The View South

The hotel is back the way I came and it’s a chance to time the return drive for tomorrow morning. The hotel itself is busy with a wedding party of some sort but everyone’s friendly and the food turns out to be pretty good. According to the manager there’s someone else staying who’s competing too.

Race Day

Up early for breakfast, porridge, what else? this is Scotland.

Where The Wind Blows

Crummock Water

Arctic Blast

The day started out fine, an easy drive over from home, through Braithwaite and over the Newlands pass to Buttermere, there to catch up with Stewart Smith. I’d booked a 1:1 photography workshop with Stewart, a landscape photographer based in the south Lakes, hoping to be inspired and spend some time honing some skills.

The plan was to camp out on or near High Stile or Red Pike over Friday night and there to catch the evening sunset and hopefully the sunrise the next morning. The Weather forecast variously described in the press as an “Arctic Blast” looked OK for Friday but was due to deteriorate from Saturday pm on into Sunday. True to predictions the weather was cold but a little more cloudy than expected. After meeting up at The Fish and grabbing a quick cup of coffee before setting off, we headed up along the far side of Crummock Water below Red Pike heading for Scale Force.

Scale Force

Scale Force near Buttermere

Scale Force

To me Scale Force is one of those things I only sort of knew existed until recently. As a walker and climber who’s frequented the Lakes off and on for nigh on xx years (bloody hell is it that long?) I’d read about many gills and waterfalls and seen some, the kind one sees on top of the fells or running down the sides, Taylor Gill Force for example. However this is a different thing altogether. Cut into a deep green moss encrusted notch like something from Roraima on the side of the hill and low down. Here the atmosphere is entirely different, a different kind of thing than a mountain stream. For one thing Scale Force is the highest single drop waterfall in the Lakes and the volume of water, even in this dry spell we’ve had, means there’s a reasonable flow i.e. something to photograph. Long exposures on a tripod are required to capture it and tight cropping to avoid the flare of the sun at the top edge of the falls.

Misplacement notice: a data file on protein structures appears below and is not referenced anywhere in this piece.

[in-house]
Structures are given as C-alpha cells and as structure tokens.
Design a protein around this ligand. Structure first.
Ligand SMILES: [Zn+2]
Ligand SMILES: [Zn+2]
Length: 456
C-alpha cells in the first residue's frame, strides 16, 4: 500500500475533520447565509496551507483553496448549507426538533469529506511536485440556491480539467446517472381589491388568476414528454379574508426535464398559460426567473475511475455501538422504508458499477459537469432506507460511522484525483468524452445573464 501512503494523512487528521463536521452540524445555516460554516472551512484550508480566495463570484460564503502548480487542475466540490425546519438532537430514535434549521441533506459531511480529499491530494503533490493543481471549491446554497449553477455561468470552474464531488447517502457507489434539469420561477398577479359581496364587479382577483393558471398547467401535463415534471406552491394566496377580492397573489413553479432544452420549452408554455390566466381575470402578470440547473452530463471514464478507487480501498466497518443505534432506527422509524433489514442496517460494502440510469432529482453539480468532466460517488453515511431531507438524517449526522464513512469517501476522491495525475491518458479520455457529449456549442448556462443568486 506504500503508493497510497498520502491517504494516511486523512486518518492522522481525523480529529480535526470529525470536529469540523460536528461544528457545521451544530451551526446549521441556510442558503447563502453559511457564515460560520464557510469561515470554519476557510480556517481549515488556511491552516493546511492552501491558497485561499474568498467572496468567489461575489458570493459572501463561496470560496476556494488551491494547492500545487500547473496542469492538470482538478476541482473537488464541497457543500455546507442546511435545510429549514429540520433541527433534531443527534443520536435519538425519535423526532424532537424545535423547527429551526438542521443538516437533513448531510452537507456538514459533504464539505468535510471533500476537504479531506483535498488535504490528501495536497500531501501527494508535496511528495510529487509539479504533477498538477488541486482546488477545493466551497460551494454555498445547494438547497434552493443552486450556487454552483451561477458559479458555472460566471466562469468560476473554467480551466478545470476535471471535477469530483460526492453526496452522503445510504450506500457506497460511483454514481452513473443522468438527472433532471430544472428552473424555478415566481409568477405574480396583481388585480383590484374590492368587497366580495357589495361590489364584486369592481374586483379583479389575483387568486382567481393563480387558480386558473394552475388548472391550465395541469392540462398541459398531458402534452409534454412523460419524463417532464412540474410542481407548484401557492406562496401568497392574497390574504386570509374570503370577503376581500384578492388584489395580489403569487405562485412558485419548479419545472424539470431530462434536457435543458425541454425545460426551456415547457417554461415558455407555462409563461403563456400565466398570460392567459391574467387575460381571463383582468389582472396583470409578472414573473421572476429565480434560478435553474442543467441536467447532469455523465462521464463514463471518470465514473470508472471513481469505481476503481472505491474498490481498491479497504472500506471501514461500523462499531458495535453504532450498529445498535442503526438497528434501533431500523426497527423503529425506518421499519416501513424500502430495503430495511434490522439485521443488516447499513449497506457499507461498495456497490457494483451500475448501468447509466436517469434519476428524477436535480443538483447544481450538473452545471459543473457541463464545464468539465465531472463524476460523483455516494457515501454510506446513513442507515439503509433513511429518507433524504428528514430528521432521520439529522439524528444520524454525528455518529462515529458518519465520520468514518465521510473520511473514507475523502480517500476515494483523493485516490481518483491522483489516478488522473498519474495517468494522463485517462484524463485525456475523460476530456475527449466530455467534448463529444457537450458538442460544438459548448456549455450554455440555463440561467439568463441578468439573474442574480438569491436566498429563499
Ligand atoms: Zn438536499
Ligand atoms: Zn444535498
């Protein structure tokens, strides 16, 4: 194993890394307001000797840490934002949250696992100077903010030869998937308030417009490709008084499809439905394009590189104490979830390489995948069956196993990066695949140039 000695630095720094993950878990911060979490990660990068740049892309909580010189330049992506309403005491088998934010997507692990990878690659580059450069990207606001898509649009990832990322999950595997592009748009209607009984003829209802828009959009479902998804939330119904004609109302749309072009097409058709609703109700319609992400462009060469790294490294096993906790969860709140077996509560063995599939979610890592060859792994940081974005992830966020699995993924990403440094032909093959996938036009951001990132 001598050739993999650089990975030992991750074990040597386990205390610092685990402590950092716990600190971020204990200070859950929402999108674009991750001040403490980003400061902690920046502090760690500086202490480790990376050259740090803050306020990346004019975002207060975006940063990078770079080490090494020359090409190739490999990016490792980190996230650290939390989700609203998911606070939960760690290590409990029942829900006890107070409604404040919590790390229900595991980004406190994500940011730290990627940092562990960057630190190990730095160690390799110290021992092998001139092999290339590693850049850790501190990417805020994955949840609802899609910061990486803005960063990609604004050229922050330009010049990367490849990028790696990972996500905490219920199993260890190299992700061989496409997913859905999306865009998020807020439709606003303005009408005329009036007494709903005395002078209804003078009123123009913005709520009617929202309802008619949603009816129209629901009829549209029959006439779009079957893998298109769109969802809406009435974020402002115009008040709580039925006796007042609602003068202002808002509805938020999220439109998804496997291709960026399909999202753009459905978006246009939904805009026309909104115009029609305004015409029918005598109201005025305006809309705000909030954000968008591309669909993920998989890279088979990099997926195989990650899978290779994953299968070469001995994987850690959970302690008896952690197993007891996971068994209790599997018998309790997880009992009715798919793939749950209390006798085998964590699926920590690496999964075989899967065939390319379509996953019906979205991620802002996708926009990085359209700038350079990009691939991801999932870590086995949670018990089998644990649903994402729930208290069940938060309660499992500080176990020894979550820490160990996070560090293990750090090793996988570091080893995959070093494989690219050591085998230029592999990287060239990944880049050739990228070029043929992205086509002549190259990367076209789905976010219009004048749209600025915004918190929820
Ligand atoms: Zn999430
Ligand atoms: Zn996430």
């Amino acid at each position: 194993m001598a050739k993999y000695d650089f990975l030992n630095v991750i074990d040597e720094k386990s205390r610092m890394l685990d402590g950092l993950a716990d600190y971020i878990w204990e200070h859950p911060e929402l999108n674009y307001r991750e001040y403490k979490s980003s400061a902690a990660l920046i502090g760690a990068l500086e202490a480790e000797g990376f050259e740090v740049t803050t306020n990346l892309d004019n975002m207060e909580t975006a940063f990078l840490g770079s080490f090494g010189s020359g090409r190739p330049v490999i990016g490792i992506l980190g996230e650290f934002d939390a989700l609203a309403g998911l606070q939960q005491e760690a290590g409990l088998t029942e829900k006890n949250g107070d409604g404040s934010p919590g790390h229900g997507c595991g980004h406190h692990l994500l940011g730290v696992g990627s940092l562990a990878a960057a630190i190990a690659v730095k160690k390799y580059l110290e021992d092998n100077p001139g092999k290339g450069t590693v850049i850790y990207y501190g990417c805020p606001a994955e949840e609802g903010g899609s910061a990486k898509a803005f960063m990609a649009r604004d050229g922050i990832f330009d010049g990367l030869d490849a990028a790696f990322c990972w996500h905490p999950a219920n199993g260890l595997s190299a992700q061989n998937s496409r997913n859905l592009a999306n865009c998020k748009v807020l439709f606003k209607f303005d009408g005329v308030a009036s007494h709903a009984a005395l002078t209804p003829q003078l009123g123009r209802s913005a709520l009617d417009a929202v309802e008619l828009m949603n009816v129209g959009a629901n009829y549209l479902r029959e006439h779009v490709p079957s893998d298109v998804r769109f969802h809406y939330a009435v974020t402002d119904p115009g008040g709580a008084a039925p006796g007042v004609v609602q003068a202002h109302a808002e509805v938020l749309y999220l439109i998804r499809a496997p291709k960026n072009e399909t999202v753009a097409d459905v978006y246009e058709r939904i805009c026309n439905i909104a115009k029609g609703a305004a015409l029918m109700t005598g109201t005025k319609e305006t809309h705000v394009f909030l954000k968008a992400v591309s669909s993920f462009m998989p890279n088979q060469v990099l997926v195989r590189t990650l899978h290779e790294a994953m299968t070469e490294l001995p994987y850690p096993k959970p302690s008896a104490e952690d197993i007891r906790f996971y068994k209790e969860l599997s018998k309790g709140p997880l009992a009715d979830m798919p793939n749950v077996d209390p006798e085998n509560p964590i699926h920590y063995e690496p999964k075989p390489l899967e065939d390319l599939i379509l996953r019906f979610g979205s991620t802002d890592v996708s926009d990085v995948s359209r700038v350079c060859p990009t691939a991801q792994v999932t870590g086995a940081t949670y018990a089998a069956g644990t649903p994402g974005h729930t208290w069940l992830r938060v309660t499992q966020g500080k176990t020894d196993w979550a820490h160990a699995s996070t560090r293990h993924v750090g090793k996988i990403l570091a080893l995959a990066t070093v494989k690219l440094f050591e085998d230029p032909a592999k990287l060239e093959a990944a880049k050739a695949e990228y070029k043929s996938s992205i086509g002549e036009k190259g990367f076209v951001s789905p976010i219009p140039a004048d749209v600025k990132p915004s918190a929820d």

Red Pike – Home From Home

Home from Home

After a few shots in the gully it was back to the path for the relatively short haul up to Red Pike. It was warm work out of the wind but as we approached the top of Red Pike itself the wind got up a little and with it the cold.

The first task was to find somewhere to pitch the tents, as there’s nothing obvious on the summit itself and we ended up on the southern slope of the fell between it and High Stile. It didn’t seem too exposed at the time and at least it was flat. Stew’s tent had a major malfunction, he snapped a pole. All attempts to repair it failed but rather than abandon the trip we decided my tent was just big enough for two. Camp set, it was then a quick trip to the top of High Stile to catch the best of the evening light.

Stew and the Solway

Red Pike

Red Pike

After an hour or two wandering about the top and watching the sunset spread over the Solway, I think I’d got what I came for and in the increasing wind and cold we set off for the tent, stopping briefly on the way back down for just a few more shots.

By the time we got back to the camp the cold was now really noticeable and hot food and drink were both welcome and necessary. Both our stoves struggled to maintain any kind of performance in the bitter cold. This campsite was proving NOT to be in quite a sheltered a spot as we’d imagined. At this time of year the sun sets quite early and before too long we’d bunked down for what turned out to be a very windy, extremely cold and very long night. The constant rattling of the tent, a lightweight trekking tent borrowed from my daughter, and the bitter cold meant sleep didn’t come easily or for very long.

Crummock Water

Crummock Water

No alarm needed, I doubt if either of us slept properly. The flapping and flattening of the tent in the wind made it near impossible. The cold anchoring us inside the tent and sleeping bags until bladders could no longer resist the pressure to – get up! Everything is frozen solid, water, dregs of coffee, hands within minutes. The stove struggling again to get us going with the necessary caffeine injection. The climb back up to High Stile again brings about a bit of warmth but hands holding cameras and changing filters don’t last long.

The early light starts promising to do something, it’s almost pure blue with the cold crisp air and the white frost on the rocks. In the end however it just becomes too watery to do anything dramatic and we call it a day. I managed to get a few shots of Cummock Water and Buttermere but none really stand out.

The path down from here to the tent is soon negotiated, all the usual boggy sections completely frozen including the small tarns. Once there we quickly pack up and head off to the pub. The long haul along the edge of the lake seemingly much longer than on the way in. The Fish does a decent pint, Haystacks, and turkey sandwiches, all consumed while pouring over the day’s efforts on the Mac. The pub’s WiFi a welcome alternative to the missing 3G in this western valley.